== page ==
One poor element is the stand hole. This had to be forced too much for my liking, it barely accepted the thin-armed stand. I know stands don’t bother some people, but quite a few use them for diorama take off’s, landings and general display.

2.Wings & landing gear

Flawless paint, though as always over-glossed. Markings are excellent, red tips to the wings perfect. The join to the fuselage is almost seamless.

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Hi-gloss finished wings obscure detail

The underneath though, is utterly devoid of detail because of the heavy gloss paint. The engine pylons are excellent however.

The landing gear doors are showing the usual signs of poor production. They have that hammer-beaten look to them and are only just painted enough to scrape by as not a disaster. These really are the “spoil the ship for a ha’penny of tar” item, and are seriously unacceptable Phoenix!  Their quality is undermining the rest of the model.

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Gear doors are bent and dented, typical low production standards that bedevil this component, and Phoenix seem incapable of resolving it. Only A380’s seem not to suffer from it on widebody aircraft.

The wheels and tyres though, superb. No lumps, bumps or other problems, and the silver painted hydraulics have been done with a light, and appropriate silver touch.

Nose gear is first-rate.

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Side on they look outstanding. Exhaust cone, core jet, nacelles all superbly done. The fan colour is a gloriously correct titanium colour that looks realistic. No.1 engine though, the face-on rim isn’t very nice, looking a bit rough even to the naked eye.  I think the silver was running light, and the thinners have weakened its bond to the colours below. No.2 isn’t quite so bad, but not perfect by any means.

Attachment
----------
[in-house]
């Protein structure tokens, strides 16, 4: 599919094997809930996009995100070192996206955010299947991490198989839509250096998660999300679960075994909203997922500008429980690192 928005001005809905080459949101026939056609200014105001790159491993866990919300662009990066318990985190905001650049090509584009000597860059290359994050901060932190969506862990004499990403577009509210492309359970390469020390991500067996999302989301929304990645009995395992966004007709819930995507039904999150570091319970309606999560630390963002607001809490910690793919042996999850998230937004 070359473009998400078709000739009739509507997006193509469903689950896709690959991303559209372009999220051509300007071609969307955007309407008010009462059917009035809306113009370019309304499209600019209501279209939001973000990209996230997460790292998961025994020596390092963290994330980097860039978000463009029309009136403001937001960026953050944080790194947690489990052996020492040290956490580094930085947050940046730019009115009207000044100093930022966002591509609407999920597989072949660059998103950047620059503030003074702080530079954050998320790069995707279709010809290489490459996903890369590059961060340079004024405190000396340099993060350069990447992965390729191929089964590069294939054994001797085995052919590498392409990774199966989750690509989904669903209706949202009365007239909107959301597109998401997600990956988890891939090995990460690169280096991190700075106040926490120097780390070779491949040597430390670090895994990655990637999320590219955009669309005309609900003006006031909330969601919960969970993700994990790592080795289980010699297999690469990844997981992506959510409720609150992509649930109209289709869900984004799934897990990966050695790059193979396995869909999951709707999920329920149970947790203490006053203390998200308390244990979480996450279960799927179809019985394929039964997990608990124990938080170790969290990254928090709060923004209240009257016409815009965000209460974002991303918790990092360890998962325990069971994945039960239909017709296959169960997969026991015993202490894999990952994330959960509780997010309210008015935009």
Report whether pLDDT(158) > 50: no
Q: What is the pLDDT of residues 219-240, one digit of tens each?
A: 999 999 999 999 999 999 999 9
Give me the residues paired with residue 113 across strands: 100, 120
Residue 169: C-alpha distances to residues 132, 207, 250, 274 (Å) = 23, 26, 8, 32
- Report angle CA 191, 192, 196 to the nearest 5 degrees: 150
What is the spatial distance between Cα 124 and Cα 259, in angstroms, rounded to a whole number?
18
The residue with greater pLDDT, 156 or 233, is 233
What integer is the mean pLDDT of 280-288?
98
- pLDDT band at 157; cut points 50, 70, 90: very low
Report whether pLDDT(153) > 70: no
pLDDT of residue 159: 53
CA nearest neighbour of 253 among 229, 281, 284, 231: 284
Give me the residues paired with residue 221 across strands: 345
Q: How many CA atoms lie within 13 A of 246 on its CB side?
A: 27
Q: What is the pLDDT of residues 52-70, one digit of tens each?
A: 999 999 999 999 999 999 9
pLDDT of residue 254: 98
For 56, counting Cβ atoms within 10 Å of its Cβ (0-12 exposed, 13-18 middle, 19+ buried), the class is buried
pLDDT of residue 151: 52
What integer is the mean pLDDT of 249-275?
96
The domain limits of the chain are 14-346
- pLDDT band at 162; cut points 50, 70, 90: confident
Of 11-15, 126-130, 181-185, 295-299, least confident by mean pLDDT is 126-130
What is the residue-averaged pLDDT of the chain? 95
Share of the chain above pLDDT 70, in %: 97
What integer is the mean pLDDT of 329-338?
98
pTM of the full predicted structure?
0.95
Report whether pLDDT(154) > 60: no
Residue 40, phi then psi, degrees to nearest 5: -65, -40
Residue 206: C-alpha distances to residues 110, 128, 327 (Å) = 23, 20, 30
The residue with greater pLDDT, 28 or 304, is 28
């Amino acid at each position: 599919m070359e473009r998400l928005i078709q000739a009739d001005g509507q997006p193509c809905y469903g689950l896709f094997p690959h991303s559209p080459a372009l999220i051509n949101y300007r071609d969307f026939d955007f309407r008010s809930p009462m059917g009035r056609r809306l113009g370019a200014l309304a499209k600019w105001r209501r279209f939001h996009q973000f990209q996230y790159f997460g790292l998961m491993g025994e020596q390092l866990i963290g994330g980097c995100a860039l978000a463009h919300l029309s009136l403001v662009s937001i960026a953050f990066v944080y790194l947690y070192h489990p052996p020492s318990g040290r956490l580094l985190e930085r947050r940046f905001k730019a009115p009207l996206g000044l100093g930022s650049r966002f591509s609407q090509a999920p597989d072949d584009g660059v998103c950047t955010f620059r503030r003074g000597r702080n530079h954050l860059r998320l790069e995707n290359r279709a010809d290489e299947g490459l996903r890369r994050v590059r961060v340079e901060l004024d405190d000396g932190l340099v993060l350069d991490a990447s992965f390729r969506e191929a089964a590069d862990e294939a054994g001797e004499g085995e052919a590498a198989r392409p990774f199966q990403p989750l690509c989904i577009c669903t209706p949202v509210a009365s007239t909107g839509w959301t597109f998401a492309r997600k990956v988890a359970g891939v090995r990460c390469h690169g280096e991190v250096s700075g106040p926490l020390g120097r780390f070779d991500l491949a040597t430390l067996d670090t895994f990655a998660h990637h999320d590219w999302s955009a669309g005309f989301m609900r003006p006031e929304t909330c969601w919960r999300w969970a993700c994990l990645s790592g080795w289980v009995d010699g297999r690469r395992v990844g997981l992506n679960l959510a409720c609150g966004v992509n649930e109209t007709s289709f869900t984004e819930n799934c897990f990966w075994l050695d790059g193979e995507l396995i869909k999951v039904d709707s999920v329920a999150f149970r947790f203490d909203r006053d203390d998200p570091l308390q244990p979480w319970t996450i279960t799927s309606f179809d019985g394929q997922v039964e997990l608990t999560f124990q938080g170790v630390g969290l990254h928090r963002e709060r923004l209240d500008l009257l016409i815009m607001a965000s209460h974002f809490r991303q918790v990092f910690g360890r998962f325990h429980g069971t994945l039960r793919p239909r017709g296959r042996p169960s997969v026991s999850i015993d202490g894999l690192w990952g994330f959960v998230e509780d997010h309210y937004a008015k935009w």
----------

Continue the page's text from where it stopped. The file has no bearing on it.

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Engine rims are not a highlight, especially the port side No.1

4.Nose detail

Excellent, the Star Alliance logo is clear, the aircraft name is actually legible even at what looks like 0.1 point, and the cockpit windows are perfectly printed, though I don’t get why Phoenix like to put such thick sliver frames around them.

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5. Tail detail

Everything is spot on for detail and clarity, especially the tail logo. The paint though, is too thick. The real downside is the port side stabilizer again, not quite properly inserted, and I soon found out why not: No glue to hold it in. I wondered if I could push it in, and adjust it. It obliged by falling straight out. The other side is fine. It was easy to fix and I may easily not have even noticed, but I did, and it’s mildly disappointing though not the end of the world. If it had been an engine it would have gone back, they’re far to bothersome to fix.

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Tail paint is too thick on the vertical. Lufthansa Group tile only appears on the starboard side.

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6. Colours

Perfect.  A superb job. Phoenix have really nailed the colour selection issue this past few months, and this is no exception.

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7.Score and conclusions

  • -5 for the stabilizer falling out. All it needed was glue.
  • -2 for No.1 engine rim silver
  • -1 for No.2 engine rim silver
  • -4 for the landing gear doors – not acceptable. They aren’t disastrous, but they’re not good enough either.
  • -2 for the stand hole not being wide enough
  • 86% is a very good score but as always, small component issues let the side down.

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It’s a really nice model overall, and to be honest the one imperfect thing that constantly catches my eye with it, is the engine rims. They’re too bright and too large not to be noticed. The fact the stabilizer fell out is unamusing, but it was very easy to fix, not that I should have had to.

An above average pass.

My recommendation: I’d still recommend it as a buy. Not everyone will have the stabilizer issue, and it’s far too nice a model of an airline that gets relatively little attention, to be ignored..